At dawn the sounds of life alongside this creek are filled with a dynamic range and perspective that is steadily declining elsewhere.
It is no secret that our natural habitats are shrinking at a radically unprecedented rate. Since the 1970s the discipline of acoustic ecology has attempted to document this process. Field recordings have been used in environmental campaigns to compare the ecological diversity between virgin forests and logged forests. Similarly field recordings have demonstrated the difference between the raucous crackles and pops of marine parks and the ghostly quiet of
areas open to fishing. Listening to these recordings we hear the natural environment under stress.
By diminishing our natural systems in favour of monolithic urban and industrial sprawls we silence the sounds that distinguish one place from another. We lose the uniqueness of the local voice and instead hear a compressed wall of motorised sound. Our hi-fi soundscapes are being replaced by generic lo-fi soundscapes. R. Murray Schaffer describes this well:
The hi-fi soundscape is one in which discrete sounds can be heard clearly because of the low ambient noise level … In the hi-fi soundscape, sounds overlap less frequently; there is perspective – foreground and background … In a low-fi soundscape individual acoustic signals are obscured in an overdense population of sounds … Perspective is lost … there is no distance; only presence. There is cross-talk on all the channels, and in order for the most ordinary sounds to be heard they have to be increasingly amplified. (Tuning of the World. p. 43. Destiny Books. 1993)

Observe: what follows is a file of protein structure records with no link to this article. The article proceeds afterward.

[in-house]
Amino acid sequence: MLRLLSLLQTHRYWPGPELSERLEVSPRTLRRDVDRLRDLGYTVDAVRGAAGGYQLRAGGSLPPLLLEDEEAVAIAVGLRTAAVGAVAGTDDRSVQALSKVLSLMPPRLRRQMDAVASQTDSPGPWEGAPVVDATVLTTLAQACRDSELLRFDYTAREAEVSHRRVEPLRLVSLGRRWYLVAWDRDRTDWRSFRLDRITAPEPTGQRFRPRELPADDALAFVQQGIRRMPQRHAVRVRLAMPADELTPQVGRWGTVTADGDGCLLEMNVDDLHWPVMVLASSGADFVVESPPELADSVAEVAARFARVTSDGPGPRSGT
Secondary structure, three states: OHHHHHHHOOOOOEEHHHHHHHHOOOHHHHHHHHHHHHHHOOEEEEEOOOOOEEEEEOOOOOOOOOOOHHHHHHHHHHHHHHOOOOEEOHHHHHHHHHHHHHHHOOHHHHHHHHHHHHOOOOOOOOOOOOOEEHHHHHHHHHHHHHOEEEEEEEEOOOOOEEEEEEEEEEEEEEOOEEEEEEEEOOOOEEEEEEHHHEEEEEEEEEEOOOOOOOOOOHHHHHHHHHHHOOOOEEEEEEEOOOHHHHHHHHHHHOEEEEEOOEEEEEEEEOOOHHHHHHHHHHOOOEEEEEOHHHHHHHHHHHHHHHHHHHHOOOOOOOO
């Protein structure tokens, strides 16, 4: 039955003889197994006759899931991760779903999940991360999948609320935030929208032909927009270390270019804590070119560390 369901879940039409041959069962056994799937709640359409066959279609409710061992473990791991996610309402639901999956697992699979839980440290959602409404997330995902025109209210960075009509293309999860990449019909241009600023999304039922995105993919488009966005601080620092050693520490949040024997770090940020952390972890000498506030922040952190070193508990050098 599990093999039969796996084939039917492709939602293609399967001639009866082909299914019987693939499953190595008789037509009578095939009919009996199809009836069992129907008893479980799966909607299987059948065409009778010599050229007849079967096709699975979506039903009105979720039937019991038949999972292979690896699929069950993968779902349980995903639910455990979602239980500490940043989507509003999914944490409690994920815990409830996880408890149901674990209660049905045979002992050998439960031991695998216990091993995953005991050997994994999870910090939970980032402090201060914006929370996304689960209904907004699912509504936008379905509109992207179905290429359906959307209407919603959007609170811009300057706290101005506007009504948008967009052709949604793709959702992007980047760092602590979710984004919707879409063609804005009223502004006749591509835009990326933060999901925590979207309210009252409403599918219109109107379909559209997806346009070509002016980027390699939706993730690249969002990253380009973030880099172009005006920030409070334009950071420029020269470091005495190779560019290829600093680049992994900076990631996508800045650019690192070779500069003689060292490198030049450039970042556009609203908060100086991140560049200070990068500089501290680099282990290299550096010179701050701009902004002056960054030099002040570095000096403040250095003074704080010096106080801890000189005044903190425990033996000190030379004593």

As the world continues to be overpopulated the dominant soundscape experienced by many is homogenous and oppressively lo-fi:
Aside from the ecological damage associated with lo-fi environments new research highlights the negative affect that such soundscapes have on the human nervous system. In two medical studies examining the health of people living under the flight-path of planes connected to Heathrow airport it was found that airport noise could trigger heart problems through increased stress causing high blood pressure, largely among people exposed to very high levels of noise within a three to four kilometre radius of an airport.
Furthermore those living in the noisiest, 63-decibel-plus areas were 24 per cent more likely than people living in areas with noise levels of 51 decibels or fewer to be hospitalised because of stroke and 14 per cent more likely to be hospitalised because of cardiovascular disease. For more on the reports follow this link.